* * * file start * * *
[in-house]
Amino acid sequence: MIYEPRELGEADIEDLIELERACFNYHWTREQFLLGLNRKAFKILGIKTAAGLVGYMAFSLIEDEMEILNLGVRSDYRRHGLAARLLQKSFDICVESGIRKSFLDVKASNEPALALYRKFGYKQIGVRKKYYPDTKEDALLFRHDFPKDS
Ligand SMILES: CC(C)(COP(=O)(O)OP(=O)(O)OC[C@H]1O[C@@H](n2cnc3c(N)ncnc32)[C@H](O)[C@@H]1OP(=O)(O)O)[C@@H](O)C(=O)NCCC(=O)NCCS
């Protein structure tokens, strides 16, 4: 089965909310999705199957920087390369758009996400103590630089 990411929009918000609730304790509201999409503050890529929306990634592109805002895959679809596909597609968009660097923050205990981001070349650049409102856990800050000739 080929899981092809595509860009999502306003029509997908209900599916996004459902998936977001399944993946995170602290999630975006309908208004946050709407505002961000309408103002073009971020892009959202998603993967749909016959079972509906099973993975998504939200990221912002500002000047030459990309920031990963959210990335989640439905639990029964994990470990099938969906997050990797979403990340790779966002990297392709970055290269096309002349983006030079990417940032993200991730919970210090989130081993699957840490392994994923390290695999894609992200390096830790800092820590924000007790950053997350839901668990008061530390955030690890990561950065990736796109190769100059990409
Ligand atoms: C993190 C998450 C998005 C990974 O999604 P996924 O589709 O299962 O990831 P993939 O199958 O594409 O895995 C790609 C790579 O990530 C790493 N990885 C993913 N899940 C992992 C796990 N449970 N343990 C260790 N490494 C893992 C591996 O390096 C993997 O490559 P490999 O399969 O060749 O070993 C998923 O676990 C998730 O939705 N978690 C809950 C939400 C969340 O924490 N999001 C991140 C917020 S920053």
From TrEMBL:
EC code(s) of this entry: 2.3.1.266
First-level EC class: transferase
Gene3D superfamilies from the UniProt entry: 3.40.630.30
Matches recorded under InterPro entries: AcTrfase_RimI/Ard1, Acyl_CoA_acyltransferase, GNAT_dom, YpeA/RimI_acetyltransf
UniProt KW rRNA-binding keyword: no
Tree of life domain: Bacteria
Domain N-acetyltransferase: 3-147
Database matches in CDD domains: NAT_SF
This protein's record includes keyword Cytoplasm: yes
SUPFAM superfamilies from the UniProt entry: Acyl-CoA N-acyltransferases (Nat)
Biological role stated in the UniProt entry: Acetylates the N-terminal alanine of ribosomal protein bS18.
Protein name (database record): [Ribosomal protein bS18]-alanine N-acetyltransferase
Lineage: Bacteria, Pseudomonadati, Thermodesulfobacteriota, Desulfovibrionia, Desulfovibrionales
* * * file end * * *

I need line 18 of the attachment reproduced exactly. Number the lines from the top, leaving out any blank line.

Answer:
Protein name (database record): [Ribosomal protein bS18]-alanine N-acetyltransferase